You think the Russians who turns the screws on India if we deviate a nut from the contract would just let Cheen copy endless variants of their precious Flanker? Bullshit. If Cheen really copied, then their "stealth" programs and their politically important FC-1 would be literally grounded without smoky engines to fly them.

The same goes for all their helo programs. Z-8 and Z-9 are nothing but ToT from Eurocopter. The fact that EC are involved in their current Z-11 and Z-15 projects means there were no contract conflicts.

Then there are the buying of foreign companies and talent. Read the story earlier in this thread of 2000 Ukrainian engine specialists being housed in Cheen.

You cannot RE modern systems. You could leverage your market and sign true Transfers of Technology into your own factories instead of screwdriver giri of parts made in phoren factories. You can buy foreign talent instead of paying for finished products.

But thinking you can RE a modern plane or a sub and then have those actually fly or sail without input from the OEM is pure horse manure.
Last edited by chola on 04 Aug 2017 13:59, edited 1 time in total.

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Re: China Military Watch - Sept' 2016

Postby Singha » 04 Aug 2017 13:57

after all these years how exactly is Iran able to keep its F-14 and F-4 flying ? must be some backdoor deal with Uncle to obtain spares.

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Re: China Military Watch - Sept' 2016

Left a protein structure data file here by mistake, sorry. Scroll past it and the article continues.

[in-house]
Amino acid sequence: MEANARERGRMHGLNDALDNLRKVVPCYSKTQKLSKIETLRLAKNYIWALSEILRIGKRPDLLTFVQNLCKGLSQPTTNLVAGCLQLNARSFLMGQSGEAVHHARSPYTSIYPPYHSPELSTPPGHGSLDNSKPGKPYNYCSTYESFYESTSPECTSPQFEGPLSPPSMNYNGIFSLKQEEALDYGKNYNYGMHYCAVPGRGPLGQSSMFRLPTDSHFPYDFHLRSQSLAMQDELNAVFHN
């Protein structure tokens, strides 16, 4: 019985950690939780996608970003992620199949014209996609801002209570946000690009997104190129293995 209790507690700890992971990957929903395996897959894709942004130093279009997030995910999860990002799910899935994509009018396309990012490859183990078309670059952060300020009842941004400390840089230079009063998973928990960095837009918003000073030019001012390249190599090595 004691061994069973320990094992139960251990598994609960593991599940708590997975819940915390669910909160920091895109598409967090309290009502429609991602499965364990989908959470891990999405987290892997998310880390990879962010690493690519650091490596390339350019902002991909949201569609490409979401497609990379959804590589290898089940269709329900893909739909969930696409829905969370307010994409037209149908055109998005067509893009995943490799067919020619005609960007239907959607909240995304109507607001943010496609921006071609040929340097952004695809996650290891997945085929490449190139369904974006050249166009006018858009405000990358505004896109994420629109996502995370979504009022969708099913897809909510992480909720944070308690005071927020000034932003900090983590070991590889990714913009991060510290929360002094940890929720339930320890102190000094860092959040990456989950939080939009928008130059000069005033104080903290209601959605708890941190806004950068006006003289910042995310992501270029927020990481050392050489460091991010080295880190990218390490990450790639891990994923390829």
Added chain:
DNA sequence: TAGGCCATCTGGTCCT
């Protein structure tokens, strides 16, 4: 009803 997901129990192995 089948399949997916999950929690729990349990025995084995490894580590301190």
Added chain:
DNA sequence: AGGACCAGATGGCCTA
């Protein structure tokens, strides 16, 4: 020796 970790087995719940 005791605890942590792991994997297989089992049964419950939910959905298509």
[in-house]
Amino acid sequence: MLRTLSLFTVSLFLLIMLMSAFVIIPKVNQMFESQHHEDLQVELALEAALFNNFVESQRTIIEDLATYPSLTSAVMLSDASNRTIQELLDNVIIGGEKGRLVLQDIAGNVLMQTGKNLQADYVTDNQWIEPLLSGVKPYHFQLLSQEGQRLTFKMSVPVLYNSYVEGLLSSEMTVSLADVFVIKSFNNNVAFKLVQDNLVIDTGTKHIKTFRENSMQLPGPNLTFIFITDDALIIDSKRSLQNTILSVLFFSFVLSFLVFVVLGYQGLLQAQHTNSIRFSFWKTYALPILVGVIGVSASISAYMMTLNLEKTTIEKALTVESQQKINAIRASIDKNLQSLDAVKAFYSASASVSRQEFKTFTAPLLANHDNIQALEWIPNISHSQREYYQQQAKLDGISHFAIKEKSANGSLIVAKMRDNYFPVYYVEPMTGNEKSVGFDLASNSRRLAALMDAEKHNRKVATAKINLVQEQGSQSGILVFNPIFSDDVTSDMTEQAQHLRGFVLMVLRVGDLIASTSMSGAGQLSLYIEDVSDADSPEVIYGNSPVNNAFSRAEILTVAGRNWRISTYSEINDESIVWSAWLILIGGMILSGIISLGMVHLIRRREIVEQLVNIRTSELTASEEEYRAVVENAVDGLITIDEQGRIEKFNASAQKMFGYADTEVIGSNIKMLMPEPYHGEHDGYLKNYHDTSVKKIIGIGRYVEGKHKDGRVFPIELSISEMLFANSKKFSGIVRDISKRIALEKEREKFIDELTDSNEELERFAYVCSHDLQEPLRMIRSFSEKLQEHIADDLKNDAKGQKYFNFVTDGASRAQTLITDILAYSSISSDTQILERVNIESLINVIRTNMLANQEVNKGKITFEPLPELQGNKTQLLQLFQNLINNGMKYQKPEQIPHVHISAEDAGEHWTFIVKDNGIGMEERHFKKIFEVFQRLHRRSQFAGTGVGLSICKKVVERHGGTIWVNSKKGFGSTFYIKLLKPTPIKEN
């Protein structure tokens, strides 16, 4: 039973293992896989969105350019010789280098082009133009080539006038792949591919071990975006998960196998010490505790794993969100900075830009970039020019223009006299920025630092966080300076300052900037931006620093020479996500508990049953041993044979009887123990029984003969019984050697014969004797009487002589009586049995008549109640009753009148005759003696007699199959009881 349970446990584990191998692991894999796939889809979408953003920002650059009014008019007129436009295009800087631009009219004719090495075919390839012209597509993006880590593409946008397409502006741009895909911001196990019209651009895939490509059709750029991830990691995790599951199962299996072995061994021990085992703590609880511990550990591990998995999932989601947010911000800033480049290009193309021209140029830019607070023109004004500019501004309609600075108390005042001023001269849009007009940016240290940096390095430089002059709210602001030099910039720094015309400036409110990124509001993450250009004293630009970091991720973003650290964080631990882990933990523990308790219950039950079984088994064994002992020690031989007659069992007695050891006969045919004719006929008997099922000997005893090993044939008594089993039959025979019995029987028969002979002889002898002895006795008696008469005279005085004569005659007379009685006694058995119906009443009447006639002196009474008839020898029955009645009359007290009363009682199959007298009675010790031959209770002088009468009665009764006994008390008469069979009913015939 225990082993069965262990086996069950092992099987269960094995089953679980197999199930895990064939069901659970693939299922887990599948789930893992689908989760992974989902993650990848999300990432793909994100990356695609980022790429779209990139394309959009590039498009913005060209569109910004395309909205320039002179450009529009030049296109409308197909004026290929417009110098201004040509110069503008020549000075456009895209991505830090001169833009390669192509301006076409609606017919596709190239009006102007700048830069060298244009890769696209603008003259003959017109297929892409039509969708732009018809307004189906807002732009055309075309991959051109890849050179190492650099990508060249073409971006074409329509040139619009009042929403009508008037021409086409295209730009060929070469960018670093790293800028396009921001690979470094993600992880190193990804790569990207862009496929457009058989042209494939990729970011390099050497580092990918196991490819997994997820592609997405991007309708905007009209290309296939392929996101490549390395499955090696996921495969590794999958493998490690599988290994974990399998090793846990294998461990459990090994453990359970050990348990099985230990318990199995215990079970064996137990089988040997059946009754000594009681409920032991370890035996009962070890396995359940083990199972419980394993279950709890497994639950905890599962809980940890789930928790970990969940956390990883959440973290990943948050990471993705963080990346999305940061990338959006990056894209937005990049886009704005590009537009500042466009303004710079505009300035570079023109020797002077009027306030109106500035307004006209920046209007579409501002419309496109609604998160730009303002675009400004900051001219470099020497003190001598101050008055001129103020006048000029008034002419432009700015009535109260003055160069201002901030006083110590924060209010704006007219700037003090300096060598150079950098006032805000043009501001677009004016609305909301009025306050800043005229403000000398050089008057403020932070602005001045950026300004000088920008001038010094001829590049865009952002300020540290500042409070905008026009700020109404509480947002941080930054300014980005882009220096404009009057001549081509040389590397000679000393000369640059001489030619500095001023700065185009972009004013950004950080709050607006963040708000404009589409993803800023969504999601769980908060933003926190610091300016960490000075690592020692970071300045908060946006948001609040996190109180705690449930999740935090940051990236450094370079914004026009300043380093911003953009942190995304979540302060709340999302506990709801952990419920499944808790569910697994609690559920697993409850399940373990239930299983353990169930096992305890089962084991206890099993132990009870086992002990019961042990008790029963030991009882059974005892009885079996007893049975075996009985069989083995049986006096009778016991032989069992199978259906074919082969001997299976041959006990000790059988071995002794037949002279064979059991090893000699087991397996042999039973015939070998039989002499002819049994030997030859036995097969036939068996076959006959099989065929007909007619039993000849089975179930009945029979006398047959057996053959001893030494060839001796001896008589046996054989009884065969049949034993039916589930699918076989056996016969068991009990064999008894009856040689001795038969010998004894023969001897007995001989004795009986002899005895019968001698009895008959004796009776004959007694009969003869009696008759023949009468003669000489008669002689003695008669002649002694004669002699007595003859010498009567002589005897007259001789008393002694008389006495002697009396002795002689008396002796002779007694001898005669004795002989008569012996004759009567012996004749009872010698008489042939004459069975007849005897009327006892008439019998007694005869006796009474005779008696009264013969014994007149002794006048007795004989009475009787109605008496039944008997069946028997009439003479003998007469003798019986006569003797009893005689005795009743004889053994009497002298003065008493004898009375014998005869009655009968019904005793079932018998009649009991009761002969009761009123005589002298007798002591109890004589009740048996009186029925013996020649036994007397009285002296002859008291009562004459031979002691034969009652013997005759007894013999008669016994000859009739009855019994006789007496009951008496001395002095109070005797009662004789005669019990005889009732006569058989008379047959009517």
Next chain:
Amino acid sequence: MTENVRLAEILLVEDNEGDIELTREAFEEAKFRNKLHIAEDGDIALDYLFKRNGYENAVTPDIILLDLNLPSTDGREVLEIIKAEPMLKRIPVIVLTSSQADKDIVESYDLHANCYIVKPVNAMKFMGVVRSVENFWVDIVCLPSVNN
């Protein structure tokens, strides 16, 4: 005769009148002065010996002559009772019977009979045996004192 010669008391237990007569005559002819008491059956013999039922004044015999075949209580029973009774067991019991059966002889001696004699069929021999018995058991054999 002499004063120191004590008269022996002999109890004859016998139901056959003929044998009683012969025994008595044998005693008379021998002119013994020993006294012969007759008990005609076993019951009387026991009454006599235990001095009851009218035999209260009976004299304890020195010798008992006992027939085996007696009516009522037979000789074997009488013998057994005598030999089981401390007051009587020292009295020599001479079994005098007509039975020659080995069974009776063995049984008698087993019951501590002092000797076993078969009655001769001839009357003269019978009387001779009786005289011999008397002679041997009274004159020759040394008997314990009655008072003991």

Postby Aditya_V » 04 Aug 2017 13:59

Singha wrote:after all these years how exactly is Iran able to keep its F-14 and F-4 flying ? must be some backdoor deal with Uncle to obtain spares.


Would you believe US was supplying parts through Israel from 1982 onwards.

http://www.telegraph.co.uk/news/worldnews/middleeast/israel/10649567/US-investigates-illegal-military-equipment-shipments-from-Israel-to-Iran.html

This is as recently as 2014.

US Homeland Security says Israeli arms dealers have been sending spare military jet parts to Iran in breach of sanctions
:rotfl: :lol: :rotfl:

But a court in Athens has told The Telegraph that parts appearing on an American list of forbidden military-grade materials had been shipped from Israel on two occasions, apparently destined for Iran.
The seized items comprised spare parts for military aircraft: a constant speed drive designed for the F-4 Phantom jet, and a voltage output sensor used in the F-14 Tomcat.

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Re: China Military Watch - Sept' 2016

Postby chola » 04 Aug 2017 14:11

Singha wrote:after all these years how exactly is Iran able to keep its F-14 and F-4 flying ? must be some backdoor deal with Uncle to obtain spares.


Up until the 1970s, the average American can work on building their own cars and souping up engines in their home garages.

Today, they cannot do that anymore. The F-5 and MiG-21 represent that 1970s equivalent state in aircraft.

Now copying a part here and there is possible. But even here there are news stories of people arrested for smuggling or conspiracy to smuggle F-14 and other US parts to Iran.